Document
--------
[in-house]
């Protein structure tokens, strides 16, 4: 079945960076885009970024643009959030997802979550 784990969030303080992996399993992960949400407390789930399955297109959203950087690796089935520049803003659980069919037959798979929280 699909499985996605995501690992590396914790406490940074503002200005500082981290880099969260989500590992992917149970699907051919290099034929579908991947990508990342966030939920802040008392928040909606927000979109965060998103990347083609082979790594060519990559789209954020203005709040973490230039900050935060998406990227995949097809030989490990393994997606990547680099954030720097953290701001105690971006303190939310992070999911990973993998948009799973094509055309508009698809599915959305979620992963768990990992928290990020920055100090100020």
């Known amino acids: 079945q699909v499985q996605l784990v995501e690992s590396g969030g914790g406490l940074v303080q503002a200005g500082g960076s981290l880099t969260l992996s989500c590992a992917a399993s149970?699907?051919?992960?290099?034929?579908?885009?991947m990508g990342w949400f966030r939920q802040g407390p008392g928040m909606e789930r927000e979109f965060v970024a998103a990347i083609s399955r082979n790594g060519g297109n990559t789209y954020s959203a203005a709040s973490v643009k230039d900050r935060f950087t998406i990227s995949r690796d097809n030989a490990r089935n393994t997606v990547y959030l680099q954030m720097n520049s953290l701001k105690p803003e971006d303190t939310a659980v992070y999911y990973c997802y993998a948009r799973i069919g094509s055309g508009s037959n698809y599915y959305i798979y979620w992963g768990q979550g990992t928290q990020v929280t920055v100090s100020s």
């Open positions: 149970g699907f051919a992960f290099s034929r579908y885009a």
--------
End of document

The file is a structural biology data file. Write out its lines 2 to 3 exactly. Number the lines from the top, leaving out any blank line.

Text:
């Protein structure tokens, strides 16, 4: 079945960076885009970024643009959030997802979550 784990969030303080992996399993992960949400407390789930399955297109959203950087690796089935520049803003659980069919037959798979929280 699909499985996605995501690992590396914790406490940074503002200005500082981290880099969260989500590992992917149970699907051919290099034929579908991947990508990342966030939920802040008392928040909606927000979109965060998103990347083609082979790594060519990559789209954020203005709040973490230039900050935060998406990227995949097809030989490990393994997606990547680099954030720097953290701001105690971006303190939310992070999911990973993998948009799973094509055309508009698809599915959305979620992963768990990992928290990020920055100090100020």
């Known amino acids: 079945q699909v499985q996605l784990v995501e690992s590396g969030g914790g406490l940074v303080q503002a200005g500082g960076s981290l880099t969260l992996s989500c590992a992917a399993s149970?699907?051919?992960?290099?034929?579908?885009?991947m990508g990342w949400f966030r939920q802040g407390p008392g928040m909606e789930r927000e979109f965060v970024a998103a990347i083609s399955r082979n790594g060519g297109n990559t789209y954020s959203a203005a709040s973490v643009k230039d900050r935060f950087t998406i990227s995949r690796d097809n030989a490990r089935n393994t997606v990547y959030l680099q954030m720097n520049s953290l701001k105690p803003e971006d303190t939310a659980v992070y999911y990973c997802y993998a948009r799973i069919g094509s055309g508009s037959n698809y599915y959305i798979y979620w992963g768990q979550g990992t928290q990020v929280t920055v100090s100020s």